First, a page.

In contrast, what is in the press are reports of not only denials of business insurance policies’ coverage for business interruption, but uncertain positions carriers may be taking in supporting those denials- see mention of one carrier in this Business Insurance article, “Most small UK businesses not insured for pandemic: Watchdog”, and the FCAs position that carriers will need to be self-regulating for confirmation of pandemic policy cover.  Plenty of discussion on the topic prompted by a posting by Nick Pester of Zego here.

Having ten US states to date with legislative proposals to change insurance contracts ex post facto to include BI cover for pandemics is an expression of frustration of the part of those states in there not being a better resolution for the economic shortfall.  Passage of any of the bills will prompt litigation focused on Article 1, Sections Nine and Ten, of the U.S. Constitution that expressly forbids alteration of contracts after the fact.  Other countries have different treatments and brief research for this article finds the UK Parliament might have the right to pass such a law stipulating insurance companies being responsible ex post facto existing insurance contracts, due to the doctrine of parliamentary supremacy allowing Parliament to pass any law it wishes (https://en.wikipedia.org/wiki/Ex_post_facto_law ).  No matter the legal handling the outcome of any actions would potentially take years (months at minimum) for benefits to flow to insureds.

Slow admin of government programs, little or no coverage for SMEs within insurance policies.  SMEs shuttered, tens of millions unemployed.  Who will provide confidence that SMEs’ rents can be paid, benefits can be maintained, TAXES PAID, and confidence that the end of the shutdowns is not ad sundown for SMEs?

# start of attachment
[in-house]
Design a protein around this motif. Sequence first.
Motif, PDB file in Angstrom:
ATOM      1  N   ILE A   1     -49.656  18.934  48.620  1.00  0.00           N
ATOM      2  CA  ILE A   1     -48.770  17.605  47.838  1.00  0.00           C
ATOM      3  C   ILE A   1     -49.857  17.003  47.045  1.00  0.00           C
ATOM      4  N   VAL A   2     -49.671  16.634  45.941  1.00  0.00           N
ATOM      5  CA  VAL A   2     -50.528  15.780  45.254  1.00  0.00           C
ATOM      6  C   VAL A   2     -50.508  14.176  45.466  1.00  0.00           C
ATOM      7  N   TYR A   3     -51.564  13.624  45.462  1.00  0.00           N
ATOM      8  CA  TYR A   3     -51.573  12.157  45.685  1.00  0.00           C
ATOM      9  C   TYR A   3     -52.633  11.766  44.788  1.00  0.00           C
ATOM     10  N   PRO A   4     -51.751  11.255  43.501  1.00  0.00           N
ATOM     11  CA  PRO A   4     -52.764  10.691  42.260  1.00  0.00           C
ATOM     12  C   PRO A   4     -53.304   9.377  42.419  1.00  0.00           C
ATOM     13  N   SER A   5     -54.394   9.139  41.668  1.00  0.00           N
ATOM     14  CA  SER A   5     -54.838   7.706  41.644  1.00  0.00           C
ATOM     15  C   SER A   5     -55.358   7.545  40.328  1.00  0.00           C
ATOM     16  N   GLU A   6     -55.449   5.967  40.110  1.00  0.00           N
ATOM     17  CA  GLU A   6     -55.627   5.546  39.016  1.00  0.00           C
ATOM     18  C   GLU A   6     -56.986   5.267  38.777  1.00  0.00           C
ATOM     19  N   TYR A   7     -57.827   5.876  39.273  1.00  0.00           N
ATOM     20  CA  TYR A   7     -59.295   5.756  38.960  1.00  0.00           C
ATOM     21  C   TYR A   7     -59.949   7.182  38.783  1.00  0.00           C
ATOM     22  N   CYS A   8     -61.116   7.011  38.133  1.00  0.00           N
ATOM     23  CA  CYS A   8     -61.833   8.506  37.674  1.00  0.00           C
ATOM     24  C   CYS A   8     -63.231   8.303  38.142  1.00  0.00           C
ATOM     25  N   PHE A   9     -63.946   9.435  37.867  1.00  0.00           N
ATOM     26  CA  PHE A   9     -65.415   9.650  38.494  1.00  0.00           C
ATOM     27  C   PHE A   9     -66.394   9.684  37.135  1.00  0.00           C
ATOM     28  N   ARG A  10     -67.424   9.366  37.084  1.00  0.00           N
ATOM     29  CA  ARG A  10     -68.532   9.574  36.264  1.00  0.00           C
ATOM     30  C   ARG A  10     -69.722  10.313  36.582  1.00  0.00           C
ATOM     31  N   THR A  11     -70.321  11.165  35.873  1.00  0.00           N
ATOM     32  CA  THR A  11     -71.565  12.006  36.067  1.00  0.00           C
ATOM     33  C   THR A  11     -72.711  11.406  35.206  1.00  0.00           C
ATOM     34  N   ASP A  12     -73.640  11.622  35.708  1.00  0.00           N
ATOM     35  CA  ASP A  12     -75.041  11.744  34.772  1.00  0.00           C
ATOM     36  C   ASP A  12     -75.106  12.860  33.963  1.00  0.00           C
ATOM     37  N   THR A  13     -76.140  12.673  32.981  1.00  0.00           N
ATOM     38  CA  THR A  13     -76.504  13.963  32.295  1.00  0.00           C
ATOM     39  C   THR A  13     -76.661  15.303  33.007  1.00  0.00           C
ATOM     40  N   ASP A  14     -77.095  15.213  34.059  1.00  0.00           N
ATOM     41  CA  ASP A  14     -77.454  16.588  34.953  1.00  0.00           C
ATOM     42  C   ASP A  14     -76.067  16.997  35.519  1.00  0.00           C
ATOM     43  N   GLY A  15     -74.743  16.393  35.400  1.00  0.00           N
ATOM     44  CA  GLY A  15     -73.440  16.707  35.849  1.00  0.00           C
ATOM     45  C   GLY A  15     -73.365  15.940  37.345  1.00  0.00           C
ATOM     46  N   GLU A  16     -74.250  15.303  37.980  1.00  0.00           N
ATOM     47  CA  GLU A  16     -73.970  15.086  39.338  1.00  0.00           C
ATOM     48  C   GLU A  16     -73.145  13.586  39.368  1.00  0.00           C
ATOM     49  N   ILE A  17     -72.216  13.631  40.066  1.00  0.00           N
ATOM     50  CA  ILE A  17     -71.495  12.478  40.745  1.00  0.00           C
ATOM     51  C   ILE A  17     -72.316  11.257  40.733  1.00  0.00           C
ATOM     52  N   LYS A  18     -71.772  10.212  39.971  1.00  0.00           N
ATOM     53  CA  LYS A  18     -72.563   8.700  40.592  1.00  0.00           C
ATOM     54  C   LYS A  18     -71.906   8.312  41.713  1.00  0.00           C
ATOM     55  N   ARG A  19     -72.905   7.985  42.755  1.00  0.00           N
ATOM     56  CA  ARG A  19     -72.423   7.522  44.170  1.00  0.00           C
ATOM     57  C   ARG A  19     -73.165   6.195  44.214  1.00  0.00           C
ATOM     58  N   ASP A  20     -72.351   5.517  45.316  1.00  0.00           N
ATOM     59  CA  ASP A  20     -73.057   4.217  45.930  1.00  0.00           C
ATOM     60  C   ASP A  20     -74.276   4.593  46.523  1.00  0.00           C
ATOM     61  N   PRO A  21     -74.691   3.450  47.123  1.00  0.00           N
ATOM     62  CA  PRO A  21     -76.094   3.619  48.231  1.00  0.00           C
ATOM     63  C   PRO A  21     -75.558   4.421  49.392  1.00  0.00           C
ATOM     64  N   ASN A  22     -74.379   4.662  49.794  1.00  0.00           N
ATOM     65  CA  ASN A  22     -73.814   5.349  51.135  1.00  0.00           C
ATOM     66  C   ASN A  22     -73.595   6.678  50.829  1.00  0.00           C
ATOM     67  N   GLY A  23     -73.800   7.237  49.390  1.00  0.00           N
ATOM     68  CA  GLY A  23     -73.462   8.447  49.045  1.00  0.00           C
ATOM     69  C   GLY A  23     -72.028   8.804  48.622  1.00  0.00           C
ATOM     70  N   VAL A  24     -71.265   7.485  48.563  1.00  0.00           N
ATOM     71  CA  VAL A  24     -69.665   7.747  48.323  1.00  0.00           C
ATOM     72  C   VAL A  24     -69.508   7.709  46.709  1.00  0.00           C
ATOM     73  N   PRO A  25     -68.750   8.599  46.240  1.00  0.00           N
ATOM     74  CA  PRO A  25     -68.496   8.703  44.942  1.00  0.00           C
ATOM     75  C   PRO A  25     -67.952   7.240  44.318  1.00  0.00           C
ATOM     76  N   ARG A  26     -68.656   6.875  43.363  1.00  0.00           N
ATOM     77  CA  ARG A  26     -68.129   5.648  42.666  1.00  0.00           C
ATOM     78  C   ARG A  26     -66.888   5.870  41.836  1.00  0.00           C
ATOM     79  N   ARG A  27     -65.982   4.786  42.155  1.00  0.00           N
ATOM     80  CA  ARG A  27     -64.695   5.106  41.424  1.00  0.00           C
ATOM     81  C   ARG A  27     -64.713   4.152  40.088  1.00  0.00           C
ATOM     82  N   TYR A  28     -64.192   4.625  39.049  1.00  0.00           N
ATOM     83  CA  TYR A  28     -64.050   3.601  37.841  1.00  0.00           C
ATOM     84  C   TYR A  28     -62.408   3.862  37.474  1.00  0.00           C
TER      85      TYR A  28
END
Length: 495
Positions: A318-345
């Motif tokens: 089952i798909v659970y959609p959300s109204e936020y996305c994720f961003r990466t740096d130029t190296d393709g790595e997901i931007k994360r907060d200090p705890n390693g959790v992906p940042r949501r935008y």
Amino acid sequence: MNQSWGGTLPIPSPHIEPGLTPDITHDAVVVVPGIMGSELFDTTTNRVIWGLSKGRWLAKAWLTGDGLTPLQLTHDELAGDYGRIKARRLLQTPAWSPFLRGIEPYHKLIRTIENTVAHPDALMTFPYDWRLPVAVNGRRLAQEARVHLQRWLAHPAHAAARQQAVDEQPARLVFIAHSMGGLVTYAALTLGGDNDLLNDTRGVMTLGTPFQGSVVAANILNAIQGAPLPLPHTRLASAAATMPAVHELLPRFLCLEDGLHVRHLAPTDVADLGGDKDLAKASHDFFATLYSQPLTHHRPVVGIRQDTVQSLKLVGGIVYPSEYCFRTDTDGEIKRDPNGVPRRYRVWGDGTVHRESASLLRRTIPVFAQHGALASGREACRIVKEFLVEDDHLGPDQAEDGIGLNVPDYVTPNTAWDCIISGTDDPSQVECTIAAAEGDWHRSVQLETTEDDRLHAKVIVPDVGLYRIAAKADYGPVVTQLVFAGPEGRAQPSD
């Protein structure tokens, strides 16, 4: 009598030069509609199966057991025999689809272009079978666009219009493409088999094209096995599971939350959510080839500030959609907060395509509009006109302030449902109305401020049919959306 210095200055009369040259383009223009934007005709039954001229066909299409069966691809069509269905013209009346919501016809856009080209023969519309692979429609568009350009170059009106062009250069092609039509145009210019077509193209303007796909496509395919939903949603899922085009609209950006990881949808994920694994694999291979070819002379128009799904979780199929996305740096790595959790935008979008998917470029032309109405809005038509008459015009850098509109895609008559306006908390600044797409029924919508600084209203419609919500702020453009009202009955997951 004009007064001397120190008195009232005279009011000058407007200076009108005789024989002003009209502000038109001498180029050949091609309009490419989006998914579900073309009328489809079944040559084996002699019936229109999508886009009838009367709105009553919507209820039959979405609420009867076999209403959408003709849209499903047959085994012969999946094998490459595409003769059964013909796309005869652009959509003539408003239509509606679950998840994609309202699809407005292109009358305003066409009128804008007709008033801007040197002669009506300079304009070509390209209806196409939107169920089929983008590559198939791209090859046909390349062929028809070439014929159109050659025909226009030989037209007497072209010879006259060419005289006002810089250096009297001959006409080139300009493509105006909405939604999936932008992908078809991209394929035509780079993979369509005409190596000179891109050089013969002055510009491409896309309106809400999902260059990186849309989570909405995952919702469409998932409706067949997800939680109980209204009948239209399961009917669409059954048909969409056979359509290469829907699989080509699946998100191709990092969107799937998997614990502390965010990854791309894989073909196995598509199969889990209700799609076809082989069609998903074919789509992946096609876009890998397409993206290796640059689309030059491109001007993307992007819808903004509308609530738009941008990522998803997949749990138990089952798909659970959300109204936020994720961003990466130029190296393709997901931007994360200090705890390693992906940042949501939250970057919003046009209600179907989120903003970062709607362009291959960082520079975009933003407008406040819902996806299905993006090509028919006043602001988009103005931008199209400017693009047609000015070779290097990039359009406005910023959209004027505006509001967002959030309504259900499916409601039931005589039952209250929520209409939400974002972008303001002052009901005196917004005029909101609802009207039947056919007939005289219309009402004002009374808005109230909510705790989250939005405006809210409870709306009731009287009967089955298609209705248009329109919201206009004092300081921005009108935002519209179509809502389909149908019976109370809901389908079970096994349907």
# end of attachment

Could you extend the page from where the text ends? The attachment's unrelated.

Carriers can take action without compromising any legal positions re: insurance contracts.  Governments can take actions.

Consider possibilities:

Every effort is needed to cut the Gordian knot of admin barriers that delay getting benefits to the SMEs.

There will be a lot of financial resources spent developing and defending positions in court; why not calculate the cost of helping vs the cost of defending?

The insurance industry, regulators, governments, insureds, capital markets and banks have a vested interest in continuity of SMEs’ viability, finding practical solutions for the current crisis, and planning for the next pandemic or economic outcome of systemic risk effects.  Planning must begin now, and efforts are underway, e.g., the Ten C’s Project.  Government programs initiated on an adhoc basis are not adequate response vehicles, and laying the burden upon the shoulders of insurance is not a prudent path to follow.  We need to collectively mitigate the current effects and collectively solve how future economic occurrences will not be like what COVID-19 has wrought.